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Investigation of Flatback Airfoil Effect in the Wind Turbine Blade

[+] Author Affiliations
Jae-Ho Jeong

Korea Atomic Energy Research Institute, Daejeon, Korea

Soo-Hyun Kim

Korea Institute of Energy Research, Daejeon, Korea

Paper No. AJKFluids2015-09806, pp. V01AT09A024; 9 pages
  • ASME/JSME/KSME 2015 Joint Fluids Engineering Conference
  • Volume 1A: Symposia, Part 2
  • Seoul, South Korea, July 26–31, 2015
  • Conference Sponsors: Fluids Engineering Division
  • ISBN: 978-0-7918-5732-8
  • Copyright © 2015 by JSME


The flatback airfoil effect in the inboard region of large wind turbine blade has been investigated by numerical analysis. Complicated flow phenomena in the wind turbine blade were captured by Reynolds-averaged Navier-Stokes flow simulation (RANS) with SST (Shear Stress Transport) turbulence model.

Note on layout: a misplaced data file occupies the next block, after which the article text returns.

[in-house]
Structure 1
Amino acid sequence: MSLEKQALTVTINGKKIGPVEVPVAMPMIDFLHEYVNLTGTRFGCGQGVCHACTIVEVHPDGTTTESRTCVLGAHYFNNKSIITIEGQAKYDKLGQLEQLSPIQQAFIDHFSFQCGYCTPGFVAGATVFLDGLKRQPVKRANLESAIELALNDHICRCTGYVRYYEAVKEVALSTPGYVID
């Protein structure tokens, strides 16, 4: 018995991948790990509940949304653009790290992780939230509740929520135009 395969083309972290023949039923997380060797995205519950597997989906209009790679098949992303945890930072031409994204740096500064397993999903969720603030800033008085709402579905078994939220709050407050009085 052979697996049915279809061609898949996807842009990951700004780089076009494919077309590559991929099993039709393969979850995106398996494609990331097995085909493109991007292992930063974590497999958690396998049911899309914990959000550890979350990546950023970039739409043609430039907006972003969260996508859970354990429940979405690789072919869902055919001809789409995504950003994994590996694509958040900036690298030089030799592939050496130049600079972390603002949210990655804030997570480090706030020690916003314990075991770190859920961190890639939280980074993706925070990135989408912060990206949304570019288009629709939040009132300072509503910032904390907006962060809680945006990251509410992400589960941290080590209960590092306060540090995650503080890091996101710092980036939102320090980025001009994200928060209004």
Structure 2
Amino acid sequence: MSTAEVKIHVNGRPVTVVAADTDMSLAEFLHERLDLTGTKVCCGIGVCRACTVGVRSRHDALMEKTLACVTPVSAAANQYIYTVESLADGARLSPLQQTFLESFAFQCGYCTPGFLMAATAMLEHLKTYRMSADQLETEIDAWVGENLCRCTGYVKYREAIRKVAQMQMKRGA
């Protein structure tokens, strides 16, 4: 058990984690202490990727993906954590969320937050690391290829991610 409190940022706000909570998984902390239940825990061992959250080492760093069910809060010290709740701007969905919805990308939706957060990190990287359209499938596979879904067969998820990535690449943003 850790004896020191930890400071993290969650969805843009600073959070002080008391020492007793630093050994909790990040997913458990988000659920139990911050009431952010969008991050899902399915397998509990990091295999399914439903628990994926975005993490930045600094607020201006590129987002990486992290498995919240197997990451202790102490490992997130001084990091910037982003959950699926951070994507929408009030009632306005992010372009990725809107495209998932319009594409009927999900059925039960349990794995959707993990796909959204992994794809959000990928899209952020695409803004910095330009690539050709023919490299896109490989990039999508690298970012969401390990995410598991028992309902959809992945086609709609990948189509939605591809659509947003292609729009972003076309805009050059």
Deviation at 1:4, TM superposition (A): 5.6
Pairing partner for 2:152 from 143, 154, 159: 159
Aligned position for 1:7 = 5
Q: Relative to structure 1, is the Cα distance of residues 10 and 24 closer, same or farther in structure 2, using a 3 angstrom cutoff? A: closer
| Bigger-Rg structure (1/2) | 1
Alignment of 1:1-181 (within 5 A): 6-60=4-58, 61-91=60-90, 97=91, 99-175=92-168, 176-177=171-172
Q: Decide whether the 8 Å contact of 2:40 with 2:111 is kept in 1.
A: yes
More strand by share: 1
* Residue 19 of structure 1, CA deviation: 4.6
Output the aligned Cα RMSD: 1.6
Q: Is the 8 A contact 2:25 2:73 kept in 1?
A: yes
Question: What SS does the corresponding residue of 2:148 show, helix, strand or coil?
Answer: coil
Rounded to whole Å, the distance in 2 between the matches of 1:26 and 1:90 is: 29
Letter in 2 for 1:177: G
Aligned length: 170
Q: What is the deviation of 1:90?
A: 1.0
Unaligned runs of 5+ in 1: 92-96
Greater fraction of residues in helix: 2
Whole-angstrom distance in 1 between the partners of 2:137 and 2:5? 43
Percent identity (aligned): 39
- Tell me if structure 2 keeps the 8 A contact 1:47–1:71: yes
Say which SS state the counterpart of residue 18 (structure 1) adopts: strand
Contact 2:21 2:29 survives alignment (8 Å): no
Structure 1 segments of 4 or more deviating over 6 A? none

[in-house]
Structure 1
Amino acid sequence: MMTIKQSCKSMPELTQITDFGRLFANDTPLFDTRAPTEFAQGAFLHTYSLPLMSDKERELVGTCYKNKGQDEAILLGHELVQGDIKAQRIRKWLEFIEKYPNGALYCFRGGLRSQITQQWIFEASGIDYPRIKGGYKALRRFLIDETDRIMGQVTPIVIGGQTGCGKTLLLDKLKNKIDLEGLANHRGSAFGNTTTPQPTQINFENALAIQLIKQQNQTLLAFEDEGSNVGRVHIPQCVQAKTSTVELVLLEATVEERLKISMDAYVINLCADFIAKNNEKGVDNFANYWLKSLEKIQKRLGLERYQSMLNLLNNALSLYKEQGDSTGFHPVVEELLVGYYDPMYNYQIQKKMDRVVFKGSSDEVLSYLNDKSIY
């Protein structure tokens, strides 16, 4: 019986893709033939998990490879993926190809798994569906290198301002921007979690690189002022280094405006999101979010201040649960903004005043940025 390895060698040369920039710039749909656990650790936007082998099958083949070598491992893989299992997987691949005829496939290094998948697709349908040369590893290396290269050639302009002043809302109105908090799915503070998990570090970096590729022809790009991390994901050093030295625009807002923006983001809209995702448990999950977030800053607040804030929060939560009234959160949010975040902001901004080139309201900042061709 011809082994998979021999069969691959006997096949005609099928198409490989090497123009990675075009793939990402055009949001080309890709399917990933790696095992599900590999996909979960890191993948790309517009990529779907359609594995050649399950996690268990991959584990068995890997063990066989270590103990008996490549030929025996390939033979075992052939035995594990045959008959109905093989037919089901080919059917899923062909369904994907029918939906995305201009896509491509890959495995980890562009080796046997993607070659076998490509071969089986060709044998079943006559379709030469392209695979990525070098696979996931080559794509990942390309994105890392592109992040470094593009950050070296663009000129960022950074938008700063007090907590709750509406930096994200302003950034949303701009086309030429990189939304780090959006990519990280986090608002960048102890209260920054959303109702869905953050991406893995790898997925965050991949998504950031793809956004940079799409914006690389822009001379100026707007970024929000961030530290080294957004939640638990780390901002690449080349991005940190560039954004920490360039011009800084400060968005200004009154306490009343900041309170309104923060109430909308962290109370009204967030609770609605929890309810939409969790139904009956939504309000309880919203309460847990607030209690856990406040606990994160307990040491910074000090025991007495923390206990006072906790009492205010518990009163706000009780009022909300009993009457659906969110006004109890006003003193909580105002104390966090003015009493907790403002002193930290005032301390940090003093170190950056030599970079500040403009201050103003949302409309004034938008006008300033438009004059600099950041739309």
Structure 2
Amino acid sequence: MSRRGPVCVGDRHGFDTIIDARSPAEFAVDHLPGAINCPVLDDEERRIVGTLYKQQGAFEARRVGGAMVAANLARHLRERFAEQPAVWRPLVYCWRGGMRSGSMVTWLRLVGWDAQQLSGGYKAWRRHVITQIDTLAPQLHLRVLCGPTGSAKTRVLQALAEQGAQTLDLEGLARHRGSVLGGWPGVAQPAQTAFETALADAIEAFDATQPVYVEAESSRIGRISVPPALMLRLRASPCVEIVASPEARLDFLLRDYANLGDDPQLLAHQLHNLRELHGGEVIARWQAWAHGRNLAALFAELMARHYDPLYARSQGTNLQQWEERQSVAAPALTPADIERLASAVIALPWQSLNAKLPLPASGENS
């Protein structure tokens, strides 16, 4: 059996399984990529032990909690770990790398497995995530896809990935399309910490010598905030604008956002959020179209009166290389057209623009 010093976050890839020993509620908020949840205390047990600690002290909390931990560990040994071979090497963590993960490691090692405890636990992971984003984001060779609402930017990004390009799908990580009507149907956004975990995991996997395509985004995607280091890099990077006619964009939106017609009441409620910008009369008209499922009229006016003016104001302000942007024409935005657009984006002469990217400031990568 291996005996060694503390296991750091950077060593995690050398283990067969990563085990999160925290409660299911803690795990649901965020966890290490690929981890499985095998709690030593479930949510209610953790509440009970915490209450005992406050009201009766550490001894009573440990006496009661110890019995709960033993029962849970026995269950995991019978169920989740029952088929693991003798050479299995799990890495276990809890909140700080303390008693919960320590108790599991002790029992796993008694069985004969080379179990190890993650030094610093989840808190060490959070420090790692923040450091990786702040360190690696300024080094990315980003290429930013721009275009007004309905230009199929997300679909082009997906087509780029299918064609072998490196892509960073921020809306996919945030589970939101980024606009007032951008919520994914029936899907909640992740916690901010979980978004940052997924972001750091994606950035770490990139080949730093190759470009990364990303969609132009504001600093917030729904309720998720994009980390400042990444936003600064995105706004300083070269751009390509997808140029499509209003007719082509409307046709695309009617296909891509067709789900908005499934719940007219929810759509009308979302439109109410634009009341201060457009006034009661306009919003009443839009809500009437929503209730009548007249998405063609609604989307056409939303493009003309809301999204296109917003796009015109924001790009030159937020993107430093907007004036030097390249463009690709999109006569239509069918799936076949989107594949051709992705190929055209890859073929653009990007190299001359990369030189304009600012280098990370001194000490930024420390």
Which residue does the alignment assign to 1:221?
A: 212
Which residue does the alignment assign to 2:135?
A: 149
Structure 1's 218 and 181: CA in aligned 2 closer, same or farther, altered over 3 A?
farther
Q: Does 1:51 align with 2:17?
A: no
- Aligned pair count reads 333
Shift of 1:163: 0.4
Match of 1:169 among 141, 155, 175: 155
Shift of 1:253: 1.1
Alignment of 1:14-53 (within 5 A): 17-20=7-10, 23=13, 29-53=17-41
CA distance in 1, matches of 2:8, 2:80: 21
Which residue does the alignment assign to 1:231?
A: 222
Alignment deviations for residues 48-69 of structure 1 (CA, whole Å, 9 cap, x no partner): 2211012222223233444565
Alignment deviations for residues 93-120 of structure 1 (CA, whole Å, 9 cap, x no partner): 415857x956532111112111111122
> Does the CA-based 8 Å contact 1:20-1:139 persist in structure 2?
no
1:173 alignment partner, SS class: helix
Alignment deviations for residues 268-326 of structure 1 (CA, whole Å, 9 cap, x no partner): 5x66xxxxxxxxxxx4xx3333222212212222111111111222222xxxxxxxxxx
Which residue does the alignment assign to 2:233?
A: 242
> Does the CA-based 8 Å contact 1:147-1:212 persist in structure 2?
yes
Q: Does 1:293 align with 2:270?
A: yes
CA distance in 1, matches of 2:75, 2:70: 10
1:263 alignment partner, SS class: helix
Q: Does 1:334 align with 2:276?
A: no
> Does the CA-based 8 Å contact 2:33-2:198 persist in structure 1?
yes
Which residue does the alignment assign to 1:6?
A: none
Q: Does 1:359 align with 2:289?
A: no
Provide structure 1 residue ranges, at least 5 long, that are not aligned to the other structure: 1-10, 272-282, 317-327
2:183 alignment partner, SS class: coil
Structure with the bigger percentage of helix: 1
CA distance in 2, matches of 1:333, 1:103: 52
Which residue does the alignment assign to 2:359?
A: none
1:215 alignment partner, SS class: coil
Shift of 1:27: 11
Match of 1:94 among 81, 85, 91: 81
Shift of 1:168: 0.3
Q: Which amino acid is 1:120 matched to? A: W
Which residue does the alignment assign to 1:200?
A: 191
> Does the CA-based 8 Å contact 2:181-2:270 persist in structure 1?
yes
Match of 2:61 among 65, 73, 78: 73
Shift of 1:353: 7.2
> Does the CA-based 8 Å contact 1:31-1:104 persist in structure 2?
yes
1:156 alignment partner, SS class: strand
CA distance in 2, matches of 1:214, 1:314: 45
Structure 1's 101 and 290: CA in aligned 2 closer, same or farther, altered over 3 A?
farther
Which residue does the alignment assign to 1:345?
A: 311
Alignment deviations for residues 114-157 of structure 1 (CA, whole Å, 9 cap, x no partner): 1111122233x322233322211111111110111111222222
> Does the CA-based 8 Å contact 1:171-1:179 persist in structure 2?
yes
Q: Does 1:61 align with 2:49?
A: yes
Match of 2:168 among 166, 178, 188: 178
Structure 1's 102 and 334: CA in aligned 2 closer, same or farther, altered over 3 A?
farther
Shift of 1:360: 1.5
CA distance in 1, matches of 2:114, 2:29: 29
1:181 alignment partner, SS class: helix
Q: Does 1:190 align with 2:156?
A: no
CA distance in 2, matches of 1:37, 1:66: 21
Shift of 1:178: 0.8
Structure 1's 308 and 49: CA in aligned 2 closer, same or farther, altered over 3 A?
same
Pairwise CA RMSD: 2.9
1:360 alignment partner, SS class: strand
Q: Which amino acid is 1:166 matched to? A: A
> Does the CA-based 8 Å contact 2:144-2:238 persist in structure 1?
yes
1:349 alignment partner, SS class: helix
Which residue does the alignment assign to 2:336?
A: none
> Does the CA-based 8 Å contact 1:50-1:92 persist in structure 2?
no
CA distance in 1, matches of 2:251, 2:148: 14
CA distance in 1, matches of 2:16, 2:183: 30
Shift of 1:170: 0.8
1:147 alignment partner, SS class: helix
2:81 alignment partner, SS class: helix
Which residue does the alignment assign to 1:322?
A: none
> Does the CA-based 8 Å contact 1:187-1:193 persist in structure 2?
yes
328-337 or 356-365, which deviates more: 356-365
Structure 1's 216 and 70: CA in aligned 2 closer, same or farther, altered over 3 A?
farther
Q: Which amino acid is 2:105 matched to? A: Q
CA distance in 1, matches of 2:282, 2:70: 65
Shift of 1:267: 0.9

The inboard region of the blade without the flatback airfoils is dominated by the separated vortex. The separated vortex starts to be formed near the blade mid-chord. The separated vortex core is generated by the large pressure difference in the blade inboard trailing edge region. The separated vortex grows nearly in the outboard direction, which is so-called secondary flow on the blade surface. The flatback airfoils are designed, and applied to the wind turbine inboard region. The scale of the separated vortex can be decreased, and the blade performance enhanced up to nearly 6% in the flatback airfoil region. However, the blade with large wake thickness due to the flatback airfoil has a negative impact on the aerodynamic noise.

Regardless of the flatback airfoils, the tip vortex core of the outboard region is formed on the suction surface leading edge, and strongly rolled-up by the pressure surface boundary layers due to the large pressure difference between the suction surface and the pressure surface in the blade tip region. This remarkably strong tip vortex develops downstream, and rakes up the blade trailing edge boundary layer with low energy.

Copyright © 2015 by JSME



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